So what can we do about this problem? Well FWC developed a crab trap removal program in 2009; more about this program can be found at ( In the program the state is divided into regions and at some time during the year each region is closed to crab fishing for 10 days; in our region that is January 5 – 15 ( During these 10 days they sponsor a crab trap removal event and remove all crab traps not connected to docks. The event is announced through the local media so that fishermen know to pull their traps at that time. This program is designed to remove the derelict traps from our waters.


In 2012 FWC, along with other agencies such as the Florida Turtle Conservation Trust, Florida Department of Environmental Protection, the Tampa Estuary Program, and Florida Sea Grant began to produce information posters and fliers on best management practices with the use of crab traps. These practices include:

  • remove your crab trap from the water when not in use
  • check all traps at least once each day
  • use BRD’s if you are capturing diamondback terrapins; or relocate your traps to a location where terrapins are not found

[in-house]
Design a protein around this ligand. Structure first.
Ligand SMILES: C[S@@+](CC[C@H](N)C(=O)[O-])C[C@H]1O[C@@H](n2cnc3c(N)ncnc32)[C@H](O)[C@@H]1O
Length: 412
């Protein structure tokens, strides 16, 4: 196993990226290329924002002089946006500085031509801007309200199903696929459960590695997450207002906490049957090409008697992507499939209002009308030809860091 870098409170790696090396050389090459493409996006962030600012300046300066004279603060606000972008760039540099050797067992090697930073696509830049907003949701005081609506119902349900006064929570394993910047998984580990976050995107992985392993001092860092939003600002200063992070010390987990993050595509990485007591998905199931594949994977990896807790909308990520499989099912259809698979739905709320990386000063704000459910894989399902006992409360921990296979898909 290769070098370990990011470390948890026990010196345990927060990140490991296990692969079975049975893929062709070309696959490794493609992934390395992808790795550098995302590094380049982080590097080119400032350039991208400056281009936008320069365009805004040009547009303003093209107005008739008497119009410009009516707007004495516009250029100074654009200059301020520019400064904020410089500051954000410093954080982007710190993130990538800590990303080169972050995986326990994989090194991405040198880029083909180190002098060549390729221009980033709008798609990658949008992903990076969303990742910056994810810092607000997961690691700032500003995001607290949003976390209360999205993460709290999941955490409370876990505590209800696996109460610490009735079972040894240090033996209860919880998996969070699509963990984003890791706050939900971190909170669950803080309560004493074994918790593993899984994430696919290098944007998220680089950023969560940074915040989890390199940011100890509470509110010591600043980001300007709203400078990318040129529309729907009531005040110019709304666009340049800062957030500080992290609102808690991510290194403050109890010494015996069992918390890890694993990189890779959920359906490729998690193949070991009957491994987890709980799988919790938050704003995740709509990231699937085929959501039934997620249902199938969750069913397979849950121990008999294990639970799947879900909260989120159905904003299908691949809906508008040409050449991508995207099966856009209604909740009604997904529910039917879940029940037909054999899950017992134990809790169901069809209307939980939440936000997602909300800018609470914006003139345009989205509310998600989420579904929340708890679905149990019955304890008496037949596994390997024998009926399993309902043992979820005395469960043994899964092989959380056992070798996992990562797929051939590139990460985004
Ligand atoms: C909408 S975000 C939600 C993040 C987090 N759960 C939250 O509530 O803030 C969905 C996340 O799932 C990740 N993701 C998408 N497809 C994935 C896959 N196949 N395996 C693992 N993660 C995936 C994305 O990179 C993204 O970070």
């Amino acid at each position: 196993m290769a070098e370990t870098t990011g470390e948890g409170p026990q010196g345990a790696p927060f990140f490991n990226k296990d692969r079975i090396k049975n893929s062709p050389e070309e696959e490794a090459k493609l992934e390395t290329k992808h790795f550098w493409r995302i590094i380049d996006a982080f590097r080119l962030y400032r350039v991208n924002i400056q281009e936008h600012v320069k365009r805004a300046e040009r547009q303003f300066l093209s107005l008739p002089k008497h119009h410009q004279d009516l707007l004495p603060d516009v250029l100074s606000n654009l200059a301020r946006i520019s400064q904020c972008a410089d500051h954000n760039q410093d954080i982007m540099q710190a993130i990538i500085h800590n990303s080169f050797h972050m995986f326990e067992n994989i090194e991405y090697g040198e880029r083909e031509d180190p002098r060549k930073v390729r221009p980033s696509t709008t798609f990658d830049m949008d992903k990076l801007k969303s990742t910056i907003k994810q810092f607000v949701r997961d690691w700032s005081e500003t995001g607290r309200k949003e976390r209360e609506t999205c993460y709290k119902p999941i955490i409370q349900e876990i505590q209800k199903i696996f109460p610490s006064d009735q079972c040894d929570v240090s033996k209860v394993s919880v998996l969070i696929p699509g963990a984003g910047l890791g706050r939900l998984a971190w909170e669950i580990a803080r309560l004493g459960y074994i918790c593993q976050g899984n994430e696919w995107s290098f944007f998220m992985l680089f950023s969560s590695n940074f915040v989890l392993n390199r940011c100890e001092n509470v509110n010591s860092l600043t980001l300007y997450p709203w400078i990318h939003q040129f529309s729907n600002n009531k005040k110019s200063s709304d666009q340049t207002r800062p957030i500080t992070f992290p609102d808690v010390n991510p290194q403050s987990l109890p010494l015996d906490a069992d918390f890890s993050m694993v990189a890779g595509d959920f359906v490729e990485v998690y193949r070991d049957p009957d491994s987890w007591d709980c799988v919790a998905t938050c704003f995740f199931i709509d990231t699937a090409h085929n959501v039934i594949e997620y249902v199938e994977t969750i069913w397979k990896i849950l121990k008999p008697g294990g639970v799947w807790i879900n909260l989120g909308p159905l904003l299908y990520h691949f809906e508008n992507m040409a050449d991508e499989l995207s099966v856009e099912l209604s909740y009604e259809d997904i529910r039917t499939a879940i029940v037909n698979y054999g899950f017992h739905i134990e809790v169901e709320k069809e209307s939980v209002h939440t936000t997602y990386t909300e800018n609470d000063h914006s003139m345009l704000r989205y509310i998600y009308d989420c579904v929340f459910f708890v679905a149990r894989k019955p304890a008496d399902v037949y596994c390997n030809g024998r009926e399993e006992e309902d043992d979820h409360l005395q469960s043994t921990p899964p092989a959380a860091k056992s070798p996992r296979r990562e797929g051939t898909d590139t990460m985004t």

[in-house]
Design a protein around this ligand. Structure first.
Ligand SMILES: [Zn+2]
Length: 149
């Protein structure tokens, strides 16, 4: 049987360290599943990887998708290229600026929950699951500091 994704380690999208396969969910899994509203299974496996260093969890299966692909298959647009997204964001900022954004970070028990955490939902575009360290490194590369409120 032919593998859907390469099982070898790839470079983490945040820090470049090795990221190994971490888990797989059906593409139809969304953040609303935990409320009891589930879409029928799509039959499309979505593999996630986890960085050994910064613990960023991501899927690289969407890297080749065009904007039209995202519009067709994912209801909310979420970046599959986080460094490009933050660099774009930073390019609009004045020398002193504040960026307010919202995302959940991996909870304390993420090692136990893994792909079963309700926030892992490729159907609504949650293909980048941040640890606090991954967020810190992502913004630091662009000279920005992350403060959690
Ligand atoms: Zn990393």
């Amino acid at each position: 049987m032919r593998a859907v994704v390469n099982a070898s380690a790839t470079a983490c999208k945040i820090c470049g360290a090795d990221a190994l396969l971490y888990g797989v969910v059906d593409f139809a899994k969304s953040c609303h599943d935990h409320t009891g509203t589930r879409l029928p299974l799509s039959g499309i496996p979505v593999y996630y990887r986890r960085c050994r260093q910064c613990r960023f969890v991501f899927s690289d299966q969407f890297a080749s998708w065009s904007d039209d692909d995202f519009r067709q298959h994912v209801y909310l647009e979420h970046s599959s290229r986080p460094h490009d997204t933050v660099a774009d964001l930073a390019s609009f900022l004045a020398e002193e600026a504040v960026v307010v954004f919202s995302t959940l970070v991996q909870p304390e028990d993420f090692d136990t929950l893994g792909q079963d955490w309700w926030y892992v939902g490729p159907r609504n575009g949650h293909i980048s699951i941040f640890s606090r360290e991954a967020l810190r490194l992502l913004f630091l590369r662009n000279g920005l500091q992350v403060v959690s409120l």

• do not place traps in channels
  • make sure you crab trap buoy is marked with a large “R”, your name and address, and that they are in good condition
  • use traps with biodegradable materials so that if lost, they will breakdown
  • you must have a recreational fishing license to fish a crab trap


To deal with the terrapin issue Dr. Roger Woods of the Wetlands Institute in New Jersey developed a By-Catch Reduction Device (BRD) that would keep terrapins out. The concern was whether it would keep blue crab as well. Dr. Woods conducted a study in the Chesapeake on different designs and their impacts on the crab fishery. His results showed which particular design worked best and that the devices had no significant impact on the crab catch. Actually in his study the traps using the BRD had more market sized crabs than those that did not. The study was repeated in Florida by Dr. Joe Butler (University of NorthFlorida) and George Heinrich (Heinrich Ecological Services) and the results were similar; no significant impacts on the crab catch. The BRD’s are not required by the FWC but if you find that you are capturing terrapins you can get BRD’s free (while supplies last) by contacting the extension office. I will be glad to show you how to properly place the BRD in your crab trap. Just contact me at 850-475-5230 or


For more information on this subject check the following resources:


Florida Fish and Wildlife Conservation Commission

FWC crab trap clean up

FWC free BRD’s

Florida Turtle Conservation Trust

Diamondback Terrapin Working Group



Posted: August 10, 2012

Category: Coasts & Marine, Natural Resources, Water, Wildlife